The energy of the Wood Element is opening and expanding. In spring, flowers bloom and new growth is seen all around us in nature. After Winter, this burst of energy often urges us to clean and clear the house – ‘Spring Cleaning!”. Our yoga reflects a spring clean, with lighter, softer movements and loads of twists.
Get more energy by giving your body a bit of a clean and tidy up too.
Liver/Gallbladder According to Five Element Theory
According to Traditional Chinese Medicine (TCM), the Liver is the Yin organ responsible for the smooth flow of emotions as well as Qi and blood. It is the organ that is most affected by excess stress or emotions. The Liver’s partner Yang organ is the Gallbladder.
When the Wood Element is imbalanced you may experience symptoms like
- Feeling irritable or angry
- Headache, migraine, or high blood pressure
- Brittle nails
The tendons are the tissue associated with the Liver. TCM says that strength comes from the tendons, not muscles. Be like the cat that is strong, agile, and flexible, not the cow, which has huge muscles but little real strength.
In Remedial Yoga Therapy the yoga for Spring is focused on flexibility and twists to keep our body and our mind flexible and ready for change.
The taste that corresponds to and supports the Liver, is sour. If you crave sour foods, this may be your Liver communicating that it needs an extra boost. Be sure to include high-quality vinegar and sweet and sour recipes in your diet.
Anger is the emotion associated with the Liver. If you are often irritable, get angry easily, have trouble unwinding from the day’s activities, have trouble reasoning or letting things go, you are experiencing a Liver function problem. Experiencing these emotions chronically or excessively can seriously unbalance the function of your Liver.
You can use these basic guidelines to begin to understand what organs may be asking for support.
Simple Tips for Everyday Liver Health.
Stay calm, especially during the spring. Don’t get caught up in spring’s intense new energies!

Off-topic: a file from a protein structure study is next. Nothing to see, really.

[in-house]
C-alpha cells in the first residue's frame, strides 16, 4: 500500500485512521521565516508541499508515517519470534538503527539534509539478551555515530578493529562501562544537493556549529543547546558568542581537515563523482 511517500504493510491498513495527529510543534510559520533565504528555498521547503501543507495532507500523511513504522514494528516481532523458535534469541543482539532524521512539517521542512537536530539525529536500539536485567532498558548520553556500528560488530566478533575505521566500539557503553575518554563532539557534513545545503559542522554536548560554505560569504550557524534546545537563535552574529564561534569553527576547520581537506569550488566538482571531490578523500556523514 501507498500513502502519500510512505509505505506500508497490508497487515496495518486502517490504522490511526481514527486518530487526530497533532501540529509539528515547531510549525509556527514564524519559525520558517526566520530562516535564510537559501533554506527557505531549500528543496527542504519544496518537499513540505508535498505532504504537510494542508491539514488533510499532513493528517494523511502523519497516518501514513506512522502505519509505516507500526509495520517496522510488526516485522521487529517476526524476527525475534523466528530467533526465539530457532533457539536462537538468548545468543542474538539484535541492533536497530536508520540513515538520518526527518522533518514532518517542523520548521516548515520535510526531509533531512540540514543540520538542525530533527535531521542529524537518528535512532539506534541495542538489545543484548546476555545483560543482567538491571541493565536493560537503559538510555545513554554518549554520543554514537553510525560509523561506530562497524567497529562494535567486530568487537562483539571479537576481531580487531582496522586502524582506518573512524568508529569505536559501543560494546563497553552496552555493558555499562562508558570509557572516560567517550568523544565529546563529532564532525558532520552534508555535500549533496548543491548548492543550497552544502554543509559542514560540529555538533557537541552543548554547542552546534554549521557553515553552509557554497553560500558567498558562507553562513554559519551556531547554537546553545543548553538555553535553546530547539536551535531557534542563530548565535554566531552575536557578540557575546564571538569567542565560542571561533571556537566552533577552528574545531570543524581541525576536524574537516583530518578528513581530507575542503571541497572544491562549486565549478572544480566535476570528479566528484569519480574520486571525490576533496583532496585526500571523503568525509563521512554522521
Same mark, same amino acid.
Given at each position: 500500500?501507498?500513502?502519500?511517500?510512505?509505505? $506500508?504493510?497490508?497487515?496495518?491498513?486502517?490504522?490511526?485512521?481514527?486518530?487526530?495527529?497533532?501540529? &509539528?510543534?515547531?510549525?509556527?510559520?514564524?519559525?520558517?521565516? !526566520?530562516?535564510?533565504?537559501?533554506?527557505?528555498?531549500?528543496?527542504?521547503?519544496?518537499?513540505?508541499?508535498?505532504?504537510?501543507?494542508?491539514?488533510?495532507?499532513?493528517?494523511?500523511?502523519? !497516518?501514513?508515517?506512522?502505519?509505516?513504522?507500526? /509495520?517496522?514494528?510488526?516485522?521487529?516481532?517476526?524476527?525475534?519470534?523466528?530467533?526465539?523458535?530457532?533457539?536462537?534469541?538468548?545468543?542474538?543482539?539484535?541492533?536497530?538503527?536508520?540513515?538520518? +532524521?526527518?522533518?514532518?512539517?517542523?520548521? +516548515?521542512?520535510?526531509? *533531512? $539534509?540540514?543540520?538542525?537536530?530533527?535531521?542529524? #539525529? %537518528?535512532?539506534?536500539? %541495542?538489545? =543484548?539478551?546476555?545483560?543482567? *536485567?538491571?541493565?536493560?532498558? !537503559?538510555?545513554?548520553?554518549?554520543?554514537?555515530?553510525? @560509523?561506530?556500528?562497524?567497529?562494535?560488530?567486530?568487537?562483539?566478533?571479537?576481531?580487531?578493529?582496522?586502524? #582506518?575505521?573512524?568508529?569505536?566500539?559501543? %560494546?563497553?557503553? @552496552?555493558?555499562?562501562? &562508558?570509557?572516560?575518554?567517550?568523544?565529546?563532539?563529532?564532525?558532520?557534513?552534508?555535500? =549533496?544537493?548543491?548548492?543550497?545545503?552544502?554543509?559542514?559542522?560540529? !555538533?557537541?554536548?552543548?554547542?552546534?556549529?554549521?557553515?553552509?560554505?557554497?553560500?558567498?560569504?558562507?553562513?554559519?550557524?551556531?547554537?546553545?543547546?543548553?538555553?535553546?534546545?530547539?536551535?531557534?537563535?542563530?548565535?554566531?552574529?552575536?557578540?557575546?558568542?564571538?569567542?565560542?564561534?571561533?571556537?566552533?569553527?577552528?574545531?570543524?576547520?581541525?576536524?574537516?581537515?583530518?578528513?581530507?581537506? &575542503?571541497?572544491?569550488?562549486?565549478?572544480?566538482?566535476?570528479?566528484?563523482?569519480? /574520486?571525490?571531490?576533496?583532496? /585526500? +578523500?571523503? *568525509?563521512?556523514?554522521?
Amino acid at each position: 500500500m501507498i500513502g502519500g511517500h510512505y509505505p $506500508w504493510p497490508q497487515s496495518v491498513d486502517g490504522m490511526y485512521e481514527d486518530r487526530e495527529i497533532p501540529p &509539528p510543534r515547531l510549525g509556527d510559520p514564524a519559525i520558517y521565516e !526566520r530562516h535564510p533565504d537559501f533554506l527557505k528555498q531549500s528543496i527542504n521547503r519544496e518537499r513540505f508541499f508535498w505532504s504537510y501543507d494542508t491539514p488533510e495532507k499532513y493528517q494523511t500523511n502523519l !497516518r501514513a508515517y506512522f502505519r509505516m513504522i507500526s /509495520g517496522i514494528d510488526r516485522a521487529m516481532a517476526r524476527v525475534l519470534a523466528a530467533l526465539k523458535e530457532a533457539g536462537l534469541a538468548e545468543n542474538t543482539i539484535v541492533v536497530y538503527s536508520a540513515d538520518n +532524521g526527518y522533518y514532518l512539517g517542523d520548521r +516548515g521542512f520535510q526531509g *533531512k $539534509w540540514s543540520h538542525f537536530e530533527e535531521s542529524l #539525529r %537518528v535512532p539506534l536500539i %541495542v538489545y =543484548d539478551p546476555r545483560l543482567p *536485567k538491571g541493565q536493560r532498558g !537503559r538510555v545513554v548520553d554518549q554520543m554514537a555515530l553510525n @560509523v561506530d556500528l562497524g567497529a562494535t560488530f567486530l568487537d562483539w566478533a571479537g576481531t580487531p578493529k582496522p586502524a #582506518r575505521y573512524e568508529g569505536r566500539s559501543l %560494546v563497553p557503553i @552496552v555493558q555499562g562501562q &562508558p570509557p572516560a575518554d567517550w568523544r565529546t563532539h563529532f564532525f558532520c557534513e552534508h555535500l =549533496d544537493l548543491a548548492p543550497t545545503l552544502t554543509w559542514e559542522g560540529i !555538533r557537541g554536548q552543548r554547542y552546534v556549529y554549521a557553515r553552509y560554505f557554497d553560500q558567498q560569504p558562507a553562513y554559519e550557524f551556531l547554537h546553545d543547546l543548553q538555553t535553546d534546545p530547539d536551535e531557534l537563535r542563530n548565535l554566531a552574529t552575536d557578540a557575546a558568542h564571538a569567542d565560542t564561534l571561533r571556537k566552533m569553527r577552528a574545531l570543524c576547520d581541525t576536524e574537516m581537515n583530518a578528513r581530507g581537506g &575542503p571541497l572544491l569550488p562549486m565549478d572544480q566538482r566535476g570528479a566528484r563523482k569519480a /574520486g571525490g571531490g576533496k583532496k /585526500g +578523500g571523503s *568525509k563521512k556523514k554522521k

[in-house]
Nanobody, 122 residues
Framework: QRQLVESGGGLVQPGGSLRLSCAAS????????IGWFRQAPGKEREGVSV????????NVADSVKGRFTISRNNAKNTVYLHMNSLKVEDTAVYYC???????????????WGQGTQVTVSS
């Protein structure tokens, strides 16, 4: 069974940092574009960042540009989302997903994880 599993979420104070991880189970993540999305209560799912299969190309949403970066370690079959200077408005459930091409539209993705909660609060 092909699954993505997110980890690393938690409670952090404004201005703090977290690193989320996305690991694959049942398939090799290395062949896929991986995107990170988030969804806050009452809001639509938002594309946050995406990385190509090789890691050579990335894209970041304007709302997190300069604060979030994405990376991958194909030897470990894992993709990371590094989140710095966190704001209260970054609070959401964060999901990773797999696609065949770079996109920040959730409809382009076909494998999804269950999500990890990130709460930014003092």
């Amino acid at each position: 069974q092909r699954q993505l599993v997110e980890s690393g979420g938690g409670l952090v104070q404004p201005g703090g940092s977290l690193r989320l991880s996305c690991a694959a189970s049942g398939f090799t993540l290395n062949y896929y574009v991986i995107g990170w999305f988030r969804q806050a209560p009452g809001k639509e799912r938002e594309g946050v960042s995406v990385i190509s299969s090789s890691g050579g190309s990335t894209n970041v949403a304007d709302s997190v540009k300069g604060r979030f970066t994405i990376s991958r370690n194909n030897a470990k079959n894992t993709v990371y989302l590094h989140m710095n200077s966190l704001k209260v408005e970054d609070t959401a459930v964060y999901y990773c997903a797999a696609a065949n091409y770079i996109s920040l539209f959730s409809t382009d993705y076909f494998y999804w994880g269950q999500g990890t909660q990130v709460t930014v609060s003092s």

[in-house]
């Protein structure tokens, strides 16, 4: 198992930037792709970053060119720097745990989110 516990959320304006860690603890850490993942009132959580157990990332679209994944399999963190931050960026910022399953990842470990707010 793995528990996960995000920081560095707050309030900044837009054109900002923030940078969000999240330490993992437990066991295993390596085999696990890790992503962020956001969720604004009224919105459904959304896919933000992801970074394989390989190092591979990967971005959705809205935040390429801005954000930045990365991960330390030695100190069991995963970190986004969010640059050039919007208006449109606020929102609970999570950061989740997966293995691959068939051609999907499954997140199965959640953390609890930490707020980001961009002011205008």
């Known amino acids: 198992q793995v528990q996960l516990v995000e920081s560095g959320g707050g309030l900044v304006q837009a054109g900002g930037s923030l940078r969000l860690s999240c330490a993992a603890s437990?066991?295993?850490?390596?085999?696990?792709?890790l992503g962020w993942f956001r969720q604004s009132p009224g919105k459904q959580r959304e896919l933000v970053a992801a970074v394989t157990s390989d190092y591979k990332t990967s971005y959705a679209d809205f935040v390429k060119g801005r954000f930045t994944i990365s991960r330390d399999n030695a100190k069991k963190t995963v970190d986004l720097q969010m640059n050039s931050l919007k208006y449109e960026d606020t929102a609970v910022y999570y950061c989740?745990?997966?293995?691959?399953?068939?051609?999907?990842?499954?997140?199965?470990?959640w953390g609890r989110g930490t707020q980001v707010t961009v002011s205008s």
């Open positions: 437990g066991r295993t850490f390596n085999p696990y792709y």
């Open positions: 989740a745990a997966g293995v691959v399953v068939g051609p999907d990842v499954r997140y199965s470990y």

Take things easy and go slow; take a nice long walk in the park or do other gentle exercises to relax your mind, body, and spirit. Let go of any stressful situations that you can, and if that’s not possible, use some of the stress-relieving tips below.
Using a hairbrush with rounded bristles, pound up and down the insides of your thighs and calves, starting at the ankles, for about five minutes. This gently stimulates your Liver meridian, allowing your qi to flow more freely and relaxing your Liver.
Avoid alcohol! Because the Liver is responsible for metabolising alcohol, drinking in moderation can go a long way towards preserving your Liver’s energy and giving it a break.
Engage in gentle exercises, such as swimming or walking, instead of hard and fast exercises which overwork or overstretch the tendons, causing them to eventually lose their flexibility, impacting the Liver function of being “flexible.”
Acupressure for Liver Health
Rub the acupressure point called “Taichong” (Liver 3) which stimulates a key point on the Liver channel. It may be sore, but this means you’re hitting the right spot! You are unblocking your Liver Qi.
Try to rub this area every day. It’s located on top of your foot where the big toe bone meets the second toe bone (about an inch back from the skin between these toes). Using your thumb, press and massage this spot on both feet (the meridians are on both sides of your body). You can also rub with your thumb moving forward along the inside of the big toe.